One example of this might be the activists’ push against fossil fuels...

Maybe we should be trying use as much solar power as possible now to save fossil fuels for a time when we have a period of glaciation in an area where humans live today? Maybe we will need that oil and gas should there be a time when the Midwest is below freezing five months a year. This is not an uncommon situation in Earth’s relatively recent history.

I do believe that the climate is changing and that we will fail to stop it, and we are the ancestors of people who will have to grow their food in different regions from us and get their energy from different places.

The sooner humanity begins to diversify these necessities the better.
There is so much factual ignorance in this I honestly dont know where to begin.

Yes humans are the primary driver, there is not a single alternative hypothesis that has stood up to peer review that offers a different causation than human induced dumping of GHG’s into the atmosphere. Yes we have time to mitigate the worst effects, but increasingly less and less because of people like you. But no matter what, unless we learn to successfully geo-engineer the planet, additional prevention is the only solution of humans want to continue to exist in healthy numbers on this planet.

Climate change is not some one time event that we just move ten miles up the road and change our crop placement, the changes continue indefinitely until we do something, that is the forking problem. If it were a one time shift we could adjust and move on. It’s not. You keep dumping GHG’s into the atmosphere and the concentration increases and the warming effect continues upward. Meaning changes continue indefinitely. I’m sorry, your entire premise is forked.
 
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samiam5211

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There is so much factual ignorance in this I honestly dont know where to begin.

Yes humans are the primary driver, there is not a single alternative hypothesis that has stood up to peer review that offers a different causation than human induced dumping of GHG’s into the atmosphere. Yes we have time to mitigate the worst effects, but increasingly less and less because of people like you. But no matter what, unless we learn to successfully geo-engineer the planet, additional prevention is the only solution of humans want to continue to exist in healthy numbers on this planet.

Climate change is not some one time event that we just move ten miles up the road and change our crop placement, the changes continue indefinitely until we do something, that is the forking problem. If it were a one time shift we could adjust and move on. It’s not. You keep dumping GHG’s into the atmosphere and the concentration increases and the warming effect continues upward. Meaning changes continue indefinitely. I’m sorry, your entire premise is forked.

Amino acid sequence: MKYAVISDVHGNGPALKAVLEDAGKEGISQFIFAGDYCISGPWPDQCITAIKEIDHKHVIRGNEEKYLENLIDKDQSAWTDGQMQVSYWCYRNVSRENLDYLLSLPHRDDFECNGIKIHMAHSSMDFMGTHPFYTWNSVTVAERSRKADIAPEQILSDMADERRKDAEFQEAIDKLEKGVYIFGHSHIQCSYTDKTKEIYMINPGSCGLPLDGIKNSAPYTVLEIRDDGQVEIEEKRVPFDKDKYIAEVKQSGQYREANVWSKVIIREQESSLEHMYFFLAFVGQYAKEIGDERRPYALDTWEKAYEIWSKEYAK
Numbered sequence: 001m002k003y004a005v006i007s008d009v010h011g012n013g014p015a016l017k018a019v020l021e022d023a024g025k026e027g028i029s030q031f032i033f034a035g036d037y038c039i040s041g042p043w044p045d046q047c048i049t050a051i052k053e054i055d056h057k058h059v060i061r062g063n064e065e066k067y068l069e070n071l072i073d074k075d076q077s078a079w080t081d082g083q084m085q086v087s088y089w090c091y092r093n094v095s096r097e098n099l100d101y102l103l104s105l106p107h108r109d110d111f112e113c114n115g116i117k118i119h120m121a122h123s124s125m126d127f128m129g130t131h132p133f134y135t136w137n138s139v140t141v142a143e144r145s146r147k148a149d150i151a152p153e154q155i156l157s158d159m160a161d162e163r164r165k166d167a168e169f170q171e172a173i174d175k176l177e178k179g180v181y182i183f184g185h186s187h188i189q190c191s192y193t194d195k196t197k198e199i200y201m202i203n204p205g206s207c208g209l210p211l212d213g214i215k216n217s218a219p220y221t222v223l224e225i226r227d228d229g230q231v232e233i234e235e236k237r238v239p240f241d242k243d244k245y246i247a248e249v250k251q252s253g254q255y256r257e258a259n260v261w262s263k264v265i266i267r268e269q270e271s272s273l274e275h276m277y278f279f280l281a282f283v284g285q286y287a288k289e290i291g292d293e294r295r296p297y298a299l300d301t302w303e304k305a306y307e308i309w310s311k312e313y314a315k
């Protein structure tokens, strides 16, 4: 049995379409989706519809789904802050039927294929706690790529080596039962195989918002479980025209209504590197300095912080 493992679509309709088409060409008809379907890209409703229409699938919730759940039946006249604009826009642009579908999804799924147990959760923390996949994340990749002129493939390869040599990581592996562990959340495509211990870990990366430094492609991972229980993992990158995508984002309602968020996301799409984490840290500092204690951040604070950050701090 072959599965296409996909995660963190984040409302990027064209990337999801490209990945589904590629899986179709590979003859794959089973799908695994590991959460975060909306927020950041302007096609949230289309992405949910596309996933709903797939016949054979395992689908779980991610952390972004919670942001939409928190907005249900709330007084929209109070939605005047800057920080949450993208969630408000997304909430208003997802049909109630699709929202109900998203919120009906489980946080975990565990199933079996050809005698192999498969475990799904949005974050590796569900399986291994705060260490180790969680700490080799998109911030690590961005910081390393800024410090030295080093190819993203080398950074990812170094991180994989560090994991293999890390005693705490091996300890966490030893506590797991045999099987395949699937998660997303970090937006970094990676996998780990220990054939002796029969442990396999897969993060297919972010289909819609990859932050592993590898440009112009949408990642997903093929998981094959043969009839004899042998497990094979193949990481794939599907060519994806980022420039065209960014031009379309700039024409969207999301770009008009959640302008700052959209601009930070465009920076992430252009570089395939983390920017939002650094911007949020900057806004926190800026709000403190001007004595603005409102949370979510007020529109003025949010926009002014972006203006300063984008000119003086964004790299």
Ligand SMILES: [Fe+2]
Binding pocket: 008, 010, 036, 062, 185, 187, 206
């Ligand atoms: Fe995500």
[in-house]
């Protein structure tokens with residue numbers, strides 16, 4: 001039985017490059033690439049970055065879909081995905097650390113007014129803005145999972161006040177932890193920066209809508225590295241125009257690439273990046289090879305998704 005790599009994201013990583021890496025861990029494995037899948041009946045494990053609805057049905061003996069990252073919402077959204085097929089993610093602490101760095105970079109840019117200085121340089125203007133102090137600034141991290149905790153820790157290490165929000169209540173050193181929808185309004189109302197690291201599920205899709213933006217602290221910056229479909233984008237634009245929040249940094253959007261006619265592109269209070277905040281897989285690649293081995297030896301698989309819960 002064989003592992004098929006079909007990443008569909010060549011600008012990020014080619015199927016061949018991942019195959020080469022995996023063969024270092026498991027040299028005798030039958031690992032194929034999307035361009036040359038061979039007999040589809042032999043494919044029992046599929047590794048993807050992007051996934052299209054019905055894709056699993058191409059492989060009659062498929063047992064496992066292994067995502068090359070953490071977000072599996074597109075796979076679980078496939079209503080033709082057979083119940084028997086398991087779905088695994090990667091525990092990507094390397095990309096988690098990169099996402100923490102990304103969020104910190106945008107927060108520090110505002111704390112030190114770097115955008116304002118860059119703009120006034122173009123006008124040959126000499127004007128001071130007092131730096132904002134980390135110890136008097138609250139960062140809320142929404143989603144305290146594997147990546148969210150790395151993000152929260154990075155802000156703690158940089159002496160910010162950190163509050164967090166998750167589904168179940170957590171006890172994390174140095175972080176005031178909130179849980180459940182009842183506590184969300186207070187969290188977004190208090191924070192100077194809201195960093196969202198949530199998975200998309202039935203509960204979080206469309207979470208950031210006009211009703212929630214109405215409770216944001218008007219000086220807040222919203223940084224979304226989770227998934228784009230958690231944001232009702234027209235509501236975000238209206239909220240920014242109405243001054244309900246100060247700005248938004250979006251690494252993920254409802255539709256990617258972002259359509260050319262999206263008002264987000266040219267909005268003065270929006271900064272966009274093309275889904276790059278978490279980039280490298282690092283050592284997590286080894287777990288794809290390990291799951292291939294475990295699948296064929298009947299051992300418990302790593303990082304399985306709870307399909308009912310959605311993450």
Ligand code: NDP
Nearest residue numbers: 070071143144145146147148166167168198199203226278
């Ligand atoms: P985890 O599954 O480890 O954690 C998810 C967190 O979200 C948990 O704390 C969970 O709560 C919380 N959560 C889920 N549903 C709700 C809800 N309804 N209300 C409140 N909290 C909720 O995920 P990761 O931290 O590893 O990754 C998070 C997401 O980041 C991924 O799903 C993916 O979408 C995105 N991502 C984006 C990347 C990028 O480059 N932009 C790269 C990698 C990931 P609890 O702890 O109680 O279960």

You seem to be under the impression that my post was denying climate change.

It was just a post about how we may be able to get deniers to support alternatives to fossil fuels.
 

N.O.Bronco

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You seem to be under the impression that my post was denying climate change.

It was just a post about how we may be able to get deniers to support alternatives to fossil fuels.
It does come off that way, yes.

But I do apologize for the cynicism a bit. As I have a low threshold of tolerance when it appears after all this time that people are being willfully ignorant to the largest existential threat the human race has ever faced.

However, I think much of what I said still stands.

The problem with that premise is the problem undergirding all of climate change. It is not a one time transition. As we fail to mitigate our activities, these changes continue. We can, though hopefully it won’t come to this, relocate people further up the Nile Delta, but if we don’t actually do anything about climate change, those million people will simply have to leave entiriely as salt water continues to creep up indefinitely and erode the fertile land and water they rely for their day to day survival.

The bread basket that feeds much of America may have to move further north. But you get less sunlight, forcing either more use of chemicals to compensate or yielding less return. But that also has a volatile shelf life, and who wants to go into that industry if your infrastructure you invested millions may be obsolete in a few years as volatility of climate change continues due to inaction?

I think we are quickly backing ourselves into solutions that we have very little experience with, like geoengineering, and that is worrisome because one, they won’t stop things like ocean acidification that billions rely upon as a source of food, and it is only a bandaid solution.

I don’t know what we do specifically, but I will say from my perspective, the solutions will come by going around denialists, not through them.
 

UncleTrvlingJim

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The thing that amazes me most about this is the fact that huge multibillion dollar companies continue to develop real estate along coastlines. Not just the developers, but also the investment bankers who back the projects. And we are talking about projects that will take years and years to see payoffs.

Often in political theater, people will many times pull the charlatan classic move of do as I say not as I do. Knowing full well they don't practice what they preach. If these billion dollar companies really believed that the land they are investing in would be worthless in a decade or two, you can be your arse they would not be putting their money anywhere near it. So it begs the question, why are they continuing to pour money into these projects? They are clearly savvy companies and not idiots.